A review of Puttin' on the the Glitz should be just like the show: short and sweet. The musical, playing weekends through March 26 at Jimmy Ferraro's Studio Theatre in New Port Richey, is just 90 minutes long, plus a 15-minute intermission, and it's as nectarous as a bouquet of field flowers in the spring.
It stars three wonderful singers — soprano Mary Anne Edwards, multi-stylist Sara DelBeato, singer/comic Tracie Callahan — two toe-tapping dancers — Debra L. Snyder and Elicia Nystrom — and a sixth star, the 100-plus glittery costumes with at least a half-ton of eye-popping jewelry. Talk about some glitz!
For this show, director Ferraro chose many of Broadway's best tunes, packing several into three medleys, staged many of them to suggest context, added his own narrative and placed them in an order that gives a nice arc that feels almost like a story, though it would be nice to lose the reverb echo and/or let the singers go sans mic.
Edwards's soaring soprano is beautiful doing the sentimental standards — Till There Was You from The Music Man, Stranger in Paradise from Kismet, Make Believe from Showboat — but her high point, both vocally and dramatically, comes with a medley from The Phantom of the Opera, as she strides around the stage wringing her hands and touching her temples as she mentally and emotionally struggles with her fascination with The Phantom, ending on that near-impossible, vocal cord-shredding high note.
Callahan brings smiles with several comic numbers — The Girl in 14G, about the distress of an apartment dweller caught between an opera singer downstairs and a be-bop singer above; the Nunsense favorite, I Just Wanna Be a Star, and the hilarious Gooch's Song from Mame — then brings tears, and shows her versatility, in the touching Losing My Mind from Stephen Sondheim's Follies.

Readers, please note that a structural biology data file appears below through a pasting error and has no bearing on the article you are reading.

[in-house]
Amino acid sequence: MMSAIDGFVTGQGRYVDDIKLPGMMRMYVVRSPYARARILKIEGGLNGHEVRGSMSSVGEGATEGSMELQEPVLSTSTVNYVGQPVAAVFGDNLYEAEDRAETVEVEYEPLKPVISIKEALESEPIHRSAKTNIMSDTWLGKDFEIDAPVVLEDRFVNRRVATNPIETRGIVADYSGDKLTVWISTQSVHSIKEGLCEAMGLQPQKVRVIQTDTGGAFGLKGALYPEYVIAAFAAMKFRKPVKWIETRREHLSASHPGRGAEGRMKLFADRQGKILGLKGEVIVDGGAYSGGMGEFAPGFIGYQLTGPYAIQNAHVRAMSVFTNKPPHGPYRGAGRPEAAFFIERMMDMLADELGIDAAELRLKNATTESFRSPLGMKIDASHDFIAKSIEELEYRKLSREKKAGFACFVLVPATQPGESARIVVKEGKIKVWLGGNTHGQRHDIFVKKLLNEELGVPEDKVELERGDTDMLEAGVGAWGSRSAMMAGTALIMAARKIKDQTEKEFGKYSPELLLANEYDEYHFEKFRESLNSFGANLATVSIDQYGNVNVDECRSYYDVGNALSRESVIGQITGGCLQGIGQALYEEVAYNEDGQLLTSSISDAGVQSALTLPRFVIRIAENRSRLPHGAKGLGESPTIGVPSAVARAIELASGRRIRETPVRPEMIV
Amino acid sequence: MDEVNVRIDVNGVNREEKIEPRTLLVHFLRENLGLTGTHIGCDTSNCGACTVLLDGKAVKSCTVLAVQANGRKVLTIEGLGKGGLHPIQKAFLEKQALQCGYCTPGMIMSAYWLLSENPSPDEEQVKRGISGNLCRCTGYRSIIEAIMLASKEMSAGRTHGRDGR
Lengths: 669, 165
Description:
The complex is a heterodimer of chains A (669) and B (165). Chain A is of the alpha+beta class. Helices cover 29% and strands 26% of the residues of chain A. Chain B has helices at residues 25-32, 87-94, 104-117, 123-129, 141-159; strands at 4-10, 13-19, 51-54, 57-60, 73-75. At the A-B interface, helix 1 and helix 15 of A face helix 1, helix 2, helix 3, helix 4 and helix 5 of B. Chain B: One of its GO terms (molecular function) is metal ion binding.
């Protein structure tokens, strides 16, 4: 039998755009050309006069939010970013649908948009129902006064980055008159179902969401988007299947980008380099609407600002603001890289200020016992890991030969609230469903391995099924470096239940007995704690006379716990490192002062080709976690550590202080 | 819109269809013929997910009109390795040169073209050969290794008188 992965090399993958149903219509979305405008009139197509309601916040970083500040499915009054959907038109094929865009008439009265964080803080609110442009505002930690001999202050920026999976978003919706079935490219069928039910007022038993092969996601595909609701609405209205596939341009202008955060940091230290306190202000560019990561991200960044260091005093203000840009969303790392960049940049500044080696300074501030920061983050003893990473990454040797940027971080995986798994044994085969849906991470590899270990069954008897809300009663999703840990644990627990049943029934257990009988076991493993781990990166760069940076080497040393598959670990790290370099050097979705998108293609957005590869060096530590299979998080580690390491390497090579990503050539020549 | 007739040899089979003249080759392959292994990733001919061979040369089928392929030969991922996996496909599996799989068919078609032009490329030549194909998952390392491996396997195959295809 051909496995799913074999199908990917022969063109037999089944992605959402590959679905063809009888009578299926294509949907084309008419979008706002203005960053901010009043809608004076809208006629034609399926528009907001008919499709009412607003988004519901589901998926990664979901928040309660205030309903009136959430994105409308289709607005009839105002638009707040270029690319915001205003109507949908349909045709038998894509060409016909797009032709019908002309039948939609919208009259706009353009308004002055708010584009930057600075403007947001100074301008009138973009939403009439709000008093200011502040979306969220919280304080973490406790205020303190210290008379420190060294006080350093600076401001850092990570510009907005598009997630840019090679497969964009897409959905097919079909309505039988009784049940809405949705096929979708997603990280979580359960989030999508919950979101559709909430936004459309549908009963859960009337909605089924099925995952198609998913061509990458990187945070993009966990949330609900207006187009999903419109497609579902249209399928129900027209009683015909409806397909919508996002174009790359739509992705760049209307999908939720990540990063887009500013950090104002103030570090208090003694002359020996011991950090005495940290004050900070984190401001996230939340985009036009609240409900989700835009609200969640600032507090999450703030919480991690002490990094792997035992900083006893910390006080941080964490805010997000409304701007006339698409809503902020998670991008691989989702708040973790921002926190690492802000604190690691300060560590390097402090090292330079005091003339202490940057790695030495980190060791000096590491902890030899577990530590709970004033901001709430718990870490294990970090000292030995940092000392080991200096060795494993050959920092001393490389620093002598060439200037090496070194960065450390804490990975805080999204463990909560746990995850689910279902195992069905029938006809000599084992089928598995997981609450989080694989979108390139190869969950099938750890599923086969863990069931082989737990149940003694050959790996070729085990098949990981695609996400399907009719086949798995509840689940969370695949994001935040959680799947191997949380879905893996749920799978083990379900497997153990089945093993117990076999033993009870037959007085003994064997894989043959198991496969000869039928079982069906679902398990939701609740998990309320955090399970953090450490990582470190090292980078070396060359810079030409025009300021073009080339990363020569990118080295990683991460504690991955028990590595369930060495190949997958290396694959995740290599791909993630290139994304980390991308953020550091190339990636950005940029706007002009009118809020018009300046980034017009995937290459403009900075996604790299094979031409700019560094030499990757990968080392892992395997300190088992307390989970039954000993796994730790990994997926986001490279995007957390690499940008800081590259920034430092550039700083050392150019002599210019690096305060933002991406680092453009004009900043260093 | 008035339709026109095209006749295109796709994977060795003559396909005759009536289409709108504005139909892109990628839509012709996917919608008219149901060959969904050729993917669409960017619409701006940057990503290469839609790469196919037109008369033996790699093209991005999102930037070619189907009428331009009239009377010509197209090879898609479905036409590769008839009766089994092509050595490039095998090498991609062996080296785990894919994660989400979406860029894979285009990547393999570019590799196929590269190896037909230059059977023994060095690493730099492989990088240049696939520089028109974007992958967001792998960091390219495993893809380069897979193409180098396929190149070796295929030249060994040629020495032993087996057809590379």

But it is Sara DelBeato who is a vocal and acting knockout, doing scat, be-bop, belt, jazz, pop and drama with equal poise, coolness and confidence. DelBeato can re-create an entire scene — heck, an entire show — just with her facial expressions, body language and phrasing, whether it's channeling Barbra Streisand doing I'm the Greatest Star from Funny Girl, Mama Rose belting Everything's Coming up Roses from Gypsy, the plaintive What Did I Have I Don't Have Now? from On a Clear Day, but most dramatically the poignantly tragic As If We Never Said Goodbye from Sunset Boulevard. Dressed in dripping furs, sparkling dress, "diamond" bracelets climbing up elbow-length gloves, a faux leopard skin hat, her face turned toward a soft, golden spotlight, DelBeato tells us everything we need to know about Sunset Boulevard's fading actress, Norma Desmond. Oh, for the chance to see her do the entire show one of these days.
Ferraro's Glitz is a delightful way to spend an evening and a satisfying contrast to its predecessor, the side-splitting Murder at the Howard Johnson's, and its successor, the whimsical comedy Cooking with Gus (opening April 15), fulfilling the theater owner's goal of providing a spectrum of shows during each season.